The basic philosophy behind the Bus Rapid Transit (BRT) system is to accord priority to the buses, which are otherwise stuck in the mixed traffic on account of congestion on the roads. The BRT helps to transport a large number of people in one go in the fastest possible way. The history of the BRT system started in 1966, when the first dedicated busway was constructed in St. Louis, the US and in Liege, Belgium. These busways were converted from the existing tramways. In 1969, the first high-speed busway of 6.5 km length was developed on the Shirley highway busway in North Virginia, the US. In 1971, the first busway of the UK was opened in the city of Runcorn.
The first busway in a Latin American country was commissioned in Lima, the capital of Peru, in 2006. Known as ’Via Expresa’, it covers a distance of 7.5 km. In 1972, London’s Oxford Street was converted to a bus-only street. In 1973, the 11 km El Monte busway was developed in Los Angeles, the US.
The first promising citywide BRT system project was that of Curitiba’s, which features 65 km of exclusive busways and 340 km of feeder service buses.
Curitiba also made subsequent changes in the land use along the BRT corridors to transform into Transit Oriented Development, keeping in view achieving sustained ridership for the BRT system. Many other Brazilian cities also followed Curitiba’s example to develop and to construct basic systems: Sao Paulo (1975), Goiania (1976), Porto Alegre (1977), and Belo Horizonte (1981).
Sao Paulo’s BRTS is currently the longest in Latin America with 142 km exclusive busways serving over 2 million passenger trips each day. Globally, Jakarta has the longest BRT network in the world with 172 km of exclusive network.
In the light of the above BRT systems, Delhi planned to develop a BRT, similar to the system introduced in Curitiba. The BRT project commenced its operation initially for a length of about 5.8 km of project length, linking Ambedkar Nagar to Moolchand in 2008 before the Commonwealth Games started in 2010.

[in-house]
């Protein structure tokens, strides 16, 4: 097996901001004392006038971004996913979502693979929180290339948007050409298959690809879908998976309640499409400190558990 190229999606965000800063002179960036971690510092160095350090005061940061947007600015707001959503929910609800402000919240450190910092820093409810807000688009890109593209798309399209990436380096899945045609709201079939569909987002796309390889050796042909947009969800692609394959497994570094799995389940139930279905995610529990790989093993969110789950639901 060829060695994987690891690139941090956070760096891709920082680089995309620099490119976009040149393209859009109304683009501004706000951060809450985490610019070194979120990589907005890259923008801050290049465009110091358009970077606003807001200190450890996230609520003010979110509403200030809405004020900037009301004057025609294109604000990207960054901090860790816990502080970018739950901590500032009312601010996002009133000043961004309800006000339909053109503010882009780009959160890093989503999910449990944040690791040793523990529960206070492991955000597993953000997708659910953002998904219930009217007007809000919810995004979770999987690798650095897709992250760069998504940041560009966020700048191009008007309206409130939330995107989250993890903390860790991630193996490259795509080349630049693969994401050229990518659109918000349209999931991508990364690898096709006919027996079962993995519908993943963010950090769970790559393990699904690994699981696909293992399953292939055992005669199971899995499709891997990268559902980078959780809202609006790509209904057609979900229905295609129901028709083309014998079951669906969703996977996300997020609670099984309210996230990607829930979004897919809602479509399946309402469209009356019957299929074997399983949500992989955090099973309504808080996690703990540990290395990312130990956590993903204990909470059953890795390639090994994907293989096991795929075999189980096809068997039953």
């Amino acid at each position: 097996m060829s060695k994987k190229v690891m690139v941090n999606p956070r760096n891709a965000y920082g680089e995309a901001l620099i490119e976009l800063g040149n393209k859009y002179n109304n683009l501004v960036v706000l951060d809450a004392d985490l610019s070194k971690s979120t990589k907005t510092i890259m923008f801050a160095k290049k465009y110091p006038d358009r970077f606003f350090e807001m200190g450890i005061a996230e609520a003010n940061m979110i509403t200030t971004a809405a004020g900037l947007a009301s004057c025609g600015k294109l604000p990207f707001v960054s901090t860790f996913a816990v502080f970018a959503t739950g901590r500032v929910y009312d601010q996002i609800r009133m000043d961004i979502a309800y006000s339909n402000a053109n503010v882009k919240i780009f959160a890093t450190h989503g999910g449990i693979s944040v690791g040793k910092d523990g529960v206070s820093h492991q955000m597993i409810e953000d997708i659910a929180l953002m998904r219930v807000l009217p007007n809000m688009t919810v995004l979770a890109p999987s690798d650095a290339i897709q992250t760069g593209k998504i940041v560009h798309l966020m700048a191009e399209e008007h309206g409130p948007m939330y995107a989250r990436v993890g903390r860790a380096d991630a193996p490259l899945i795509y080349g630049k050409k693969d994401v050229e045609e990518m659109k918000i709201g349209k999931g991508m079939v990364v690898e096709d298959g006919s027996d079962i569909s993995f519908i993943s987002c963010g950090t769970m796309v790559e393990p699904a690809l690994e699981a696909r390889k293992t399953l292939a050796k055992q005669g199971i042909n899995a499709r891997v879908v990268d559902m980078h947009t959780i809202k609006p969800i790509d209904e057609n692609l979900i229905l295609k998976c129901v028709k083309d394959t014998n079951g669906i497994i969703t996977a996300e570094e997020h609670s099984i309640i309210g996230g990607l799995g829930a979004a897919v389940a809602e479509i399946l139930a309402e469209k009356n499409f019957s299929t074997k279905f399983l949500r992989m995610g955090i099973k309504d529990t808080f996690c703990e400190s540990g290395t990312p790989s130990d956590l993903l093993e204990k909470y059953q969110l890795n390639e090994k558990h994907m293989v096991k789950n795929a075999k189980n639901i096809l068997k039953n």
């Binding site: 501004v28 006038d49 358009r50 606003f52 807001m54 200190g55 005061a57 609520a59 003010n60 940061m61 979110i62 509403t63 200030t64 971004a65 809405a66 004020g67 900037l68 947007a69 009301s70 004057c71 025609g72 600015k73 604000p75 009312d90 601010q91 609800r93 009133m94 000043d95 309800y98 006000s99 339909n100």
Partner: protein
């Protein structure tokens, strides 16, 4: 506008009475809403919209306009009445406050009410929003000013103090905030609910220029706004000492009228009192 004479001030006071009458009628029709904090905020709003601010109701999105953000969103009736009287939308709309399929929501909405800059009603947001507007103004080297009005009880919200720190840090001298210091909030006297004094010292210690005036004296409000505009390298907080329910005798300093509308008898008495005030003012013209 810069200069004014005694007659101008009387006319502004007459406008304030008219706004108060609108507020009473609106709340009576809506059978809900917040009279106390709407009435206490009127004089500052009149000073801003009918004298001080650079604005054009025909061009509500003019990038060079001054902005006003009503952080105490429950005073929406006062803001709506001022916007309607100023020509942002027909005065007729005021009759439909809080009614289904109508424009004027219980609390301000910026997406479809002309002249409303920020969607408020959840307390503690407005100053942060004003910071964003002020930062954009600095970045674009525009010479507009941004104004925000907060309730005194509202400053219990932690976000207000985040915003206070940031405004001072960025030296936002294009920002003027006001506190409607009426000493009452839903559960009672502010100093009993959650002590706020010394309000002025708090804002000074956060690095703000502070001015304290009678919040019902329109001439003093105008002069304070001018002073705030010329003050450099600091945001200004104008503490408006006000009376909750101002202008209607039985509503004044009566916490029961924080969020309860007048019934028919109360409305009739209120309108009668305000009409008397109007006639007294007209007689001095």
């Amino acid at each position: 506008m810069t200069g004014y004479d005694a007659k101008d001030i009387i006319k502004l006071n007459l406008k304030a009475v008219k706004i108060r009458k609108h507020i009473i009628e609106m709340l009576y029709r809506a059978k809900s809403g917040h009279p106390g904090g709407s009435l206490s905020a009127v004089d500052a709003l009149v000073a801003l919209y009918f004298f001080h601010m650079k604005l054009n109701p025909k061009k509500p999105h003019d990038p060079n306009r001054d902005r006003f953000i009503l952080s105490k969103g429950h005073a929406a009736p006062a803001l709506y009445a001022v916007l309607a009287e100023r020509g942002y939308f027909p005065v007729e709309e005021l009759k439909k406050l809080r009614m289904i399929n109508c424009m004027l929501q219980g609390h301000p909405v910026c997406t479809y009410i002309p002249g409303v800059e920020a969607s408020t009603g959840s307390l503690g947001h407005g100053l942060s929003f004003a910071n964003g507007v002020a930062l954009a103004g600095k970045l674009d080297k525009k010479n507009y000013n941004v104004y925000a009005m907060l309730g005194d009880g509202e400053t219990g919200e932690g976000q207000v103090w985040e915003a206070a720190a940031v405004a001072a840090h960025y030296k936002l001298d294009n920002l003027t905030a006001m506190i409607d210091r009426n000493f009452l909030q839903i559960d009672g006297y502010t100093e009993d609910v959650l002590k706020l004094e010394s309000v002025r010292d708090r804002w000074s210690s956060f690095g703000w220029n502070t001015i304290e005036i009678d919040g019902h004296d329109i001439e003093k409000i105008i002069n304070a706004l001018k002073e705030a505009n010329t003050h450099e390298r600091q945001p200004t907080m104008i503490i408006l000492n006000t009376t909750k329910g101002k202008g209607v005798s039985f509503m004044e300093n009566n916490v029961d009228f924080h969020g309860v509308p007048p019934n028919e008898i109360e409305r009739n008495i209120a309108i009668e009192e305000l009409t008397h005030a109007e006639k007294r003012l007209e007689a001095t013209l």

The RITES and the IIT-Delhi were appointed by the Government of National Capital Territory of Delhi (GNCTD) to design and implement a system in 2004. The GNCTD created the Delhi Integrated Multi-Modal Transit System (DIMTS) in 2006 to oversee the establishment of public transport systems in Delhi and to operate it on a day-to-day basis.
Unfortunately, the project received severe criticism for the difficulty of access to the bus platforms due to its location in the middle of the road, and for lack of enforcement followed by absence of a comprehensive network. The major difficulty was the newly designed two-lane motor traffic lane as against the earlier three-lane existing road on both sides. It made an immediate impact on the corridor, resulting in an unexpected huge delay at traffic intersections.
A significant number of users are reported to have used private vehicles due to inflexibility and unreliability of the bus system. Delhi had proposed the construction of 26 BRT corridors totalling 326 km to be developed by 2020. Finally, the AAP-led government ordered the scrapping of the bus rapid transit system, leading to its dismantling in 2016. On the other hand, the Ahmedabad BRT earns immense popularity and is showcased as one of the best in practice.